During the fertilization process, sperm cells beat their tails in a side-to-side pattern to travel long distances to the egg. Once they are close, sperm must alter their rhythmic swimming for a final “power kick” in order to break through the egg’s dense protective layer. When the sperm cell is in close proximity to the egg, the hormone progesterone binds to a channel in the membrane of the sperm, allowing a large amount of calcium into its tail, providing the force for the power kick.
Lishko and her colleagues report that because pristimerin and lupeol are compounds that resemble naturally occurring progesterone, they can compete with it to bind the channel—choking off the flux of calcium into the sperm tail. Thus, the switch that boosts the sperm into hyper-drive is blocked, preventing fertilization. Notably, these compounds worked even at low concentrations. They did not pose any harm to the sperm and left them still able to swim.
Unlike emergency contraceptives on the market today, the plant-based compounds could be used to prevent fertilization rather than halting the process after it occurs. Currently, there is little research on targeting this distinct step in the fertilization process. A new form of birth control may be on the horizon—one that can be used by both men and women to prevent pregnancies, with minimal side effects on the body.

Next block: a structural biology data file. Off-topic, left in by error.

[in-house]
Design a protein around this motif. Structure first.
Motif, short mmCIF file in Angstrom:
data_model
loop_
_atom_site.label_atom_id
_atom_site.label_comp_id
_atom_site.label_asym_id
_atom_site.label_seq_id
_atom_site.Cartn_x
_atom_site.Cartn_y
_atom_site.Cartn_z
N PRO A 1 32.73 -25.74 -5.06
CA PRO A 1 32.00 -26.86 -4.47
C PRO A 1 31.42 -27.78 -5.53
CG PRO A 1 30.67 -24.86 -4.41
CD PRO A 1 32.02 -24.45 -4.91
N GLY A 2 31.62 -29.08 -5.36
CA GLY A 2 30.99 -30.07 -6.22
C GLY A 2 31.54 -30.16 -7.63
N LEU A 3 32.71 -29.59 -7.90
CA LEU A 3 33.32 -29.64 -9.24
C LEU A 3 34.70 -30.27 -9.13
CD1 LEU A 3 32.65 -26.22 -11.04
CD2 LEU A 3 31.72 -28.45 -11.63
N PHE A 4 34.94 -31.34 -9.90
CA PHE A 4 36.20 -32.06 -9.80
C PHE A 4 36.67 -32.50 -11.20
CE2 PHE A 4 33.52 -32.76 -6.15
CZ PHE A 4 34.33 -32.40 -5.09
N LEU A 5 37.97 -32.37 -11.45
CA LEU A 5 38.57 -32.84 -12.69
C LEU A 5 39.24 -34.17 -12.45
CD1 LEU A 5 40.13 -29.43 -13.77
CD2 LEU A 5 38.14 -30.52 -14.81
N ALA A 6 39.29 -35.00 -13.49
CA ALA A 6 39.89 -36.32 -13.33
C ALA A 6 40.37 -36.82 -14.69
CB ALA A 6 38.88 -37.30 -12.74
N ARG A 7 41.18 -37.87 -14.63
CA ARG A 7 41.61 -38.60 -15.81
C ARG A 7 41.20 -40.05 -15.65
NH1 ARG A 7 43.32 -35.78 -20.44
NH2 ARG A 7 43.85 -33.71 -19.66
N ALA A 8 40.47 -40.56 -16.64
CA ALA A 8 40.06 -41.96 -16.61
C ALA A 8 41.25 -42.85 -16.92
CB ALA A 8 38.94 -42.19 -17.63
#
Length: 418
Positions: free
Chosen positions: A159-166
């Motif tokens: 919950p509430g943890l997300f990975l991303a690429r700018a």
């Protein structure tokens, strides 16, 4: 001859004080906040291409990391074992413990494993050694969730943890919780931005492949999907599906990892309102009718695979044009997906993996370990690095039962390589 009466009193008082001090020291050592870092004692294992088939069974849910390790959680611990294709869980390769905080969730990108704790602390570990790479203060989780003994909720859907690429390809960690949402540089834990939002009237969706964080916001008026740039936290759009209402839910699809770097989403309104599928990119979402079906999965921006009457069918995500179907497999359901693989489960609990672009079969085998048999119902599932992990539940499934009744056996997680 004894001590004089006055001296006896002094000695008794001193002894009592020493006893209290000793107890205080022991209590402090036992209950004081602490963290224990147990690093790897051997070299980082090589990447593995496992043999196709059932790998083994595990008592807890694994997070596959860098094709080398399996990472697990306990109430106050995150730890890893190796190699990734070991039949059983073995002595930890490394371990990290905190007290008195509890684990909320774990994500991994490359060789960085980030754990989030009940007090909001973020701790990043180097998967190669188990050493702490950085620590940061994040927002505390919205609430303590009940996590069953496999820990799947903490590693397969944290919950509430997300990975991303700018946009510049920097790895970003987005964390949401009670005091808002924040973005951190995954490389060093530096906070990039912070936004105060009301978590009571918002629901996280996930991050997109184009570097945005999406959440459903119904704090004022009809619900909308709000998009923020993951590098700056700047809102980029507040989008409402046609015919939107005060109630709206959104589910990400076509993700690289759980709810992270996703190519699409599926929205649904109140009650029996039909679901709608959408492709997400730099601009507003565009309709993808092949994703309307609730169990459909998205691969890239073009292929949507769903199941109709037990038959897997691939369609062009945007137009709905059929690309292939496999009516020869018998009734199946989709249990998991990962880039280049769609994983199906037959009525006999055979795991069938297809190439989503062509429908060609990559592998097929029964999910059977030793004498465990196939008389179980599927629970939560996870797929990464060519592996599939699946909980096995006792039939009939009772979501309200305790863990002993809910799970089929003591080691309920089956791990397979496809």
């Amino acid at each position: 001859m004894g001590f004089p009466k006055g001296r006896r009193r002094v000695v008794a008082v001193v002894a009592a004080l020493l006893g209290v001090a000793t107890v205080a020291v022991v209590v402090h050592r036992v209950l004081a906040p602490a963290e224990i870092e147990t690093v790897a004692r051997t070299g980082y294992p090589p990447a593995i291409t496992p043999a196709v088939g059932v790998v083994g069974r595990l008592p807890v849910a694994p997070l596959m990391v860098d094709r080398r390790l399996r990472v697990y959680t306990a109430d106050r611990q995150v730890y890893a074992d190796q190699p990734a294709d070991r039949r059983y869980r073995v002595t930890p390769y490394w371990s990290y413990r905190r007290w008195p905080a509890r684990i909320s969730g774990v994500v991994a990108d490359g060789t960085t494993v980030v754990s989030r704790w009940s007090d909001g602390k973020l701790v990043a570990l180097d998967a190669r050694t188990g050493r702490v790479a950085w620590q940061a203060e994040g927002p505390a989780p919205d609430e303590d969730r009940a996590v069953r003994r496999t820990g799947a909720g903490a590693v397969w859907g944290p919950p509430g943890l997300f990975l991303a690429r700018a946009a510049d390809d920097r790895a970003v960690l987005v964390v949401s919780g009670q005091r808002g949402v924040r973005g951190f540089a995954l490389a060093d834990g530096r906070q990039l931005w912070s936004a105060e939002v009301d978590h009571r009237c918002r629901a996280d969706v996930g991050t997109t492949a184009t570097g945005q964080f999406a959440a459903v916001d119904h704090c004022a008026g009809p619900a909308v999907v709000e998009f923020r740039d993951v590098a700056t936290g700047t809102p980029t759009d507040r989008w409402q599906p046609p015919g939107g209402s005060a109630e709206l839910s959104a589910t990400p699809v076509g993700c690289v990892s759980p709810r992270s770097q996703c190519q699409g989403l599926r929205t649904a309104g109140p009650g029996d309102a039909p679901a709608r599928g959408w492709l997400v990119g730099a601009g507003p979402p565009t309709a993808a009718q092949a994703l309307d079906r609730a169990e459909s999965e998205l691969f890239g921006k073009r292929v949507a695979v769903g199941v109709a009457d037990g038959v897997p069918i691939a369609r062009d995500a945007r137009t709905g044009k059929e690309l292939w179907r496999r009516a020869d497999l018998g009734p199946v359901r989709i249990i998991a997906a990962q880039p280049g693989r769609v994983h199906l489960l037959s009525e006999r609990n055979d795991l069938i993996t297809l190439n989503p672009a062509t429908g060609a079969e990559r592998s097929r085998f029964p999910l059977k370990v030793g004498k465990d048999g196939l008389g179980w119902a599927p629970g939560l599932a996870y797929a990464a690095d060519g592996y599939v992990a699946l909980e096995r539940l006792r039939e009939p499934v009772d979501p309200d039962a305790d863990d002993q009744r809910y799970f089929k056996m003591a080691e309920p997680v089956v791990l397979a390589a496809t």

Kara Coleman directs The Pew Charitable Trusts’ biomedical programs, including the biomedical scholars, Pew-Stewart Scholars for Cancer Research, and Latin American fellows programs
|Posted on April 24, 2022 at 8:50 AM||comments (0)|
The COVID-19–related lockdown has profoundly changed human behaviors and habits, impairing general and psychological well-being. Along with psychosocial consequences, it is possible that sexual behavior was also affected.
With the present study, we evaluated the impact of the community-wide containment and consequent social distancing on the intrapsychic, relational, and sexual health through standardized psychometric tools.
A case-control study was performed through a web-based survey and comparing subjects of both genders with (group A, N = 2,608) and without (group B, N = 4,213) sexual activity during lockdown. The Welch and chi-square tests were used to assess differences between groups. Univariate analysis of covariance, logistic regression models, and structural equation modeling were performed to measure influence and mediation effects of sexual activity on psychological, relational, and sexual outcomes.
Main outcome measures were General Anxiety Disorder-7 for anxiety, Patient Health Questionnaire-9 for depression, Dyadic Adjustment Scale for quality of relationship and a set of well-validated sexological inventories (International Index of Erectile Function, Female Sexual Function Index, and male-female versions of the Orgasmometer).